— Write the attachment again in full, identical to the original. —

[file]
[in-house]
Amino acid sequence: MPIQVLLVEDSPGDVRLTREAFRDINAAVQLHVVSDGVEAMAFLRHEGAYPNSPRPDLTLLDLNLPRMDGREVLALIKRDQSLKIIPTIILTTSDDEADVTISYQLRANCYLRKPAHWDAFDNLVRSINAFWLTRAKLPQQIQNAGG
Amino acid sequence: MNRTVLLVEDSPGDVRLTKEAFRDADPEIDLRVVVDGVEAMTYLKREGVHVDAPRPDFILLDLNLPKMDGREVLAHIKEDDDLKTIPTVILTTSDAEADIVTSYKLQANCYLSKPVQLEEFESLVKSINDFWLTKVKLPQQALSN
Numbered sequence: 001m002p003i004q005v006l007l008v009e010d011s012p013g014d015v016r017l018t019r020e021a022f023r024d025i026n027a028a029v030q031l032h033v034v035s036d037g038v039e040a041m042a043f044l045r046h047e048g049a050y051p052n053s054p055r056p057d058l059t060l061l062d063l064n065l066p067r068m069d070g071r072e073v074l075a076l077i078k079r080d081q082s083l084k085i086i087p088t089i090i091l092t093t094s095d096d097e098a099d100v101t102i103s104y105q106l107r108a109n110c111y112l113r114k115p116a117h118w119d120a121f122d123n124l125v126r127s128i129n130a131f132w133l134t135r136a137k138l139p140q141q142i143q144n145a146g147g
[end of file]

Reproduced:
[in-house]
Amino acid sequence: MPIQVLLVEDSPGDVRLTREAFRDINAAVQLHVVSDGVEAMAFLRHEGAYPNSPRPDLTLLDLNLPRMDGREVLALIKRDQSLKIIPTIILTTSDDEADVTISYQLRANCYLRKPAHWDAFDNLVRSINAFWLTRAKLPQQIQNAGG
Amino acid sequence: MNRTVLLVEDSPGDVRLTKEAFRDADPEIDLRVVVDGVEAMTYLKREGVHVDAPRPDFILLDLNLPKMDGREVLAHIKEDDDLKTIPTVILTTSDAEADIVTSYKLQANCYLSKPVQLEEFESLVKSINDFWLTKVKLPQQALSN
Numbered sequence: 001m002p003i004q005v006l007l008v009e010d011s012p013g014d015v016r017l018t019r020e021a022f023r024d025i026n027a028a029v030q031l032h033v034v035s036d037g038v039e040a041m042a043f044l045r046h047e048g049a050y051p052n053s054p055r056p057d058l059t060l061l062d063l064n065l066p067r068m069d070g071r072e073v074l075a076l077i078k079r080d081q082s083l084k085i086i087p088t089i090i091l092t093t094s095d096d097e098a099d100v101t102i103s104y105q106l107r108a109n110c111y112l113r114k115p116a117h118w119d120a121f122d123n124l125v126r127s128i129n130a131f132w133l134t135r136a137k138l139p140q141q142i143q144n145a146g147g